The snow fell lightly; random flakes suddenly change direction as if possibly returning to the clouds. I thought if I stepped outside, I would be weightless – inside of a life sized snow globe.
With my eyes fixed on my ever growing bird feeding station, I fetched a piece of scrap paper so that I could keep track of the activity (or non-activity in this instance). In late October, I established a winter feeding grounds for the local birds. I hung a small cylindrical feeder for perching birds, a cup hanger made out of a cream cheese container – which is popular with the Gray Tufted Titmice and Chickadees – and a wire suet holder for all, including a spectacular male Hairy Woodpecker. This is happening on my clothesline outside of the kitchen window – a victory for them and for me. The past three years I was traveling and although I did try to maintain my connection with the birds, circumstances dictated change.
The first day I hung the feeders, the birds wiped out the black oil sunflower seeds in less than half a day. In all of my years as a birder, this was without question the fastest consumption of seed I had witnessed. I was worried, just thinking about the cost and my commitment to offering a reliable source of food throughout the long, bitterly cold, New Hampshire winter.
I went out to the clothesline and examined the cylindrical feeder to insure that there were no holes or malfunctions causing the seed to spill. It seemed intact. I returned to the cellar where I store the seed in a closed metal garbage can (to keep out the mice), dug in the scoop, returned to the feeder and filled it. I realized that this feeder was not as big as my usual perching feeders in the past. I’ll admit that I was trying to be economical; the larger feeders with the green wire outer cage that claim to be ‘squirrel proof’ were over twenty dollars. I was cheap and feeling lousy about it; the woodpeckers and other large birds need to eat too.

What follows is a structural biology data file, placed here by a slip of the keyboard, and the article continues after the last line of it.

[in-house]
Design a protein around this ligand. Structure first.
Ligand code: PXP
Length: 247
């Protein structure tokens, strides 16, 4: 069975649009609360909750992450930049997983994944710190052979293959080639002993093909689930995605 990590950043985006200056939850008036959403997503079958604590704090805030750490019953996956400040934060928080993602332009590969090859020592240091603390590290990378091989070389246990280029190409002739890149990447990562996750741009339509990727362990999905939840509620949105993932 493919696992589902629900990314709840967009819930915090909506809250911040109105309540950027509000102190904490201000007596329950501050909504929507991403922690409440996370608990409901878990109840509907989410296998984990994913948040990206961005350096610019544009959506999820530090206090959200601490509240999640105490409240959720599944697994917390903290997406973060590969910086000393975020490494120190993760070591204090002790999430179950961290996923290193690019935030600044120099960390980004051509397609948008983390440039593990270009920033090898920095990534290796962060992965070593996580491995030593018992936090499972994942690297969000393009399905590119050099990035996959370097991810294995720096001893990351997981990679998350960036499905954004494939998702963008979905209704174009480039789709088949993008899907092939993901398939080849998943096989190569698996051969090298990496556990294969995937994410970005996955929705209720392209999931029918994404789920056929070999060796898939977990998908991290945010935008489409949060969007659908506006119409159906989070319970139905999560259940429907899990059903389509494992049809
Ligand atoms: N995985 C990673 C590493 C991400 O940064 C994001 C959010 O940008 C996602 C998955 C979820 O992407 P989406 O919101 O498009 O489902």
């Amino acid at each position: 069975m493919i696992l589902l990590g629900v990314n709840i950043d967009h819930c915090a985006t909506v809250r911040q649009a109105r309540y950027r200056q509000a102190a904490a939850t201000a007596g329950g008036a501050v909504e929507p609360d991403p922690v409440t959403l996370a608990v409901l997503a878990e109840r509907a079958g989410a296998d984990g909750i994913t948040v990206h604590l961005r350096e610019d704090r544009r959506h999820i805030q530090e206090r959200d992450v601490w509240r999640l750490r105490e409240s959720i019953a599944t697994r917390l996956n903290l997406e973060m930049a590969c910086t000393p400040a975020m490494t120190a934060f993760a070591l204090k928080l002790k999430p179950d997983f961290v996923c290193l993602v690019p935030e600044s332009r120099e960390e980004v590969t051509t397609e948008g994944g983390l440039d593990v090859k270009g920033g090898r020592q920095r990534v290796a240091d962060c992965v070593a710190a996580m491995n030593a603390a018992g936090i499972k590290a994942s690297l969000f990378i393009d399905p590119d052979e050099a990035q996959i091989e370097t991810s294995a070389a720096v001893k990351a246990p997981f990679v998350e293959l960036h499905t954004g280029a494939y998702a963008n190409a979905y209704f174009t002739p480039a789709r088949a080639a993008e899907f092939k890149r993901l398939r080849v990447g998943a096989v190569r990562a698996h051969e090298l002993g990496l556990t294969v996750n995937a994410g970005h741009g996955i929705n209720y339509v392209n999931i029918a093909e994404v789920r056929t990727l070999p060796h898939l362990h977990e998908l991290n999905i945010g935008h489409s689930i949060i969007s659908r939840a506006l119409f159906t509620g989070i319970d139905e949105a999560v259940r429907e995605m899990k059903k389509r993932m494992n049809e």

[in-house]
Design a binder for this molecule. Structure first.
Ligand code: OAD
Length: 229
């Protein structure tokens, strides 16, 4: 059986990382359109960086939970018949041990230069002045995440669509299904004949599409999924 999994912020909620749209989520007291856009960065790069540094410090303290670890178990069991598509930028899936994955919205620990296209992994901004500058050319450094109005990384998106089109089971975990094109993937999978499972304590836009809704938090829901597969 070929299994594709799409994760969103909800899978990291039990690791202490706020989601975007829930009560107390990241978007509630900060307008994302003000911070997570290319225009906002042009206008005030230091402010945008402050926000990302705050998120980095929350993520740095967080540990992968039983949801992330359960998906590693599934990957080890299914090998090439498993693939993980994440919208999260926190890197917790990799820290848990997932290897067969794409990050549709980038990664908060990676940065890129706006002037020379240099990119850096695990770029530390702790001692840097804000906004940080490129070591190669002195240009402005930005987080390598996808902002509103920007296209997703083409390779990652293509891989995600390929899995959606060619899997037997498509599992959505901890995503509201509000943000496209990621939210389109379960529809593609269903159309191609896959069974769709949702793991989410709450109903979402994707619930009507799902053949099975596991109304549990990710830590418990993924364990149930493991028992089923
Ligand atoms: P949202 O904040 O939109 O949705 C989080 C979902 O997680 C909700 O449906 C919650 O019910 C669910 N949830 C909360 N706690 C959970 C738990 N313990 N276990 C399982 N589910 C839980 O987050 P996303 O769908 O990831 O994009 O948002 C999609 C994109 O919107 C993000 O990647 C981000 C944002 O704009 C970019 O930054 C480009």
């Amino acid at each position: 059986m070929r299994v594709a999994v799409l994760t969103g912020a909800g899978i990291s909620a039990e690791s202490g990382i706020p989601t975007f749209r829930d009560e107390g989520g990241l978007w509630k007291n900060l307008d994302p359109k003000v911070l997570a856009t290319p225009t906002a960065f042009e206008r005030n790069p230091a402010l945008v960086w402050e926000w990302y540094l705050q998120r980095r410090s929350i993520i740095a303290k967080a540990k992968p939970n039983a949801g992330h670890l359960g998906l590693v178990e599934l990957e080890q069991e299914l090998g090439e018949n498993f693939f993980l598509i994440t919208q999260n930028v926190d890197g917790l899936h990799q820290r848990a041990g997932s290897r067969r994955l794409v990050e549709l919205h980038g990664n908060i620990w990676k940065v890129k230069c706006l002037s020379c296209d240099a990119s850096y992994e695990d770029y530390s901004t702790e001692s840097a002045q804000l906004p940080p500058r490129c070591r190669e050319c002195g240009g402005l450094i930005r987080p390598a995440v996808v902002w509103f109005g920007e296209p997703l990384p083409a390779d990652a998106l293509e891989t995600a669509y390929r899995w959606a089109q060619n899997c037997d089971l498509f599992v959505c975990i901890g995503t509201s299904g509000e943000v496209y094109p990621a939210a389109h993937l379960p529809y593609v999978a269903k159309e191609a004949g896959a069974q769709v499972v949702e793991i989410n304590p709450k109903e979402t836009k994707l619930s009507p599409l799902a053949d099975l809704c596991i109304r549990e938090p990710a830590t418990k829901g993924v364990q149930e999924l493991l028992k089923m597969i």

I am of the belief that squirrels and chipmunks need to eat too. Don't we all? I was raised to think that squirrels, chipmunks, raccoons and skunks were the enemy. If they crossed the line into the yard my mother sent my father out with traps or pellet guns to get rid of them. Comically, the chipmunks beat him back to the house after he released them down by the lake. My parents invested loads of time and money on gadgets to keep the squirrels away or off of the feeders. The extremely agile and skillful creatures usually triumphed; after all, they have to eat. I decided that I would take another approach; my devotion to them was equal to the birds; I have befriended many over the years. I make sure that there is a good amount of food on the ground for the squirrels, chipmunks, Blue Jays and other ground feeders. I cannot comprehend why people “hate” Blue Jays. They are magnificently colored and have a beautiful crest. They are blamed for being aggressive. They are what they are. They’re quite mild compared to the Mockingbirds in the Southern Gulf of Mexico. I throw bread crumbs and seed under the feeders for them as well. The world is to share; it is not ours exclusively. How would you like to get shot at if you went to grab a bite to eat? Really.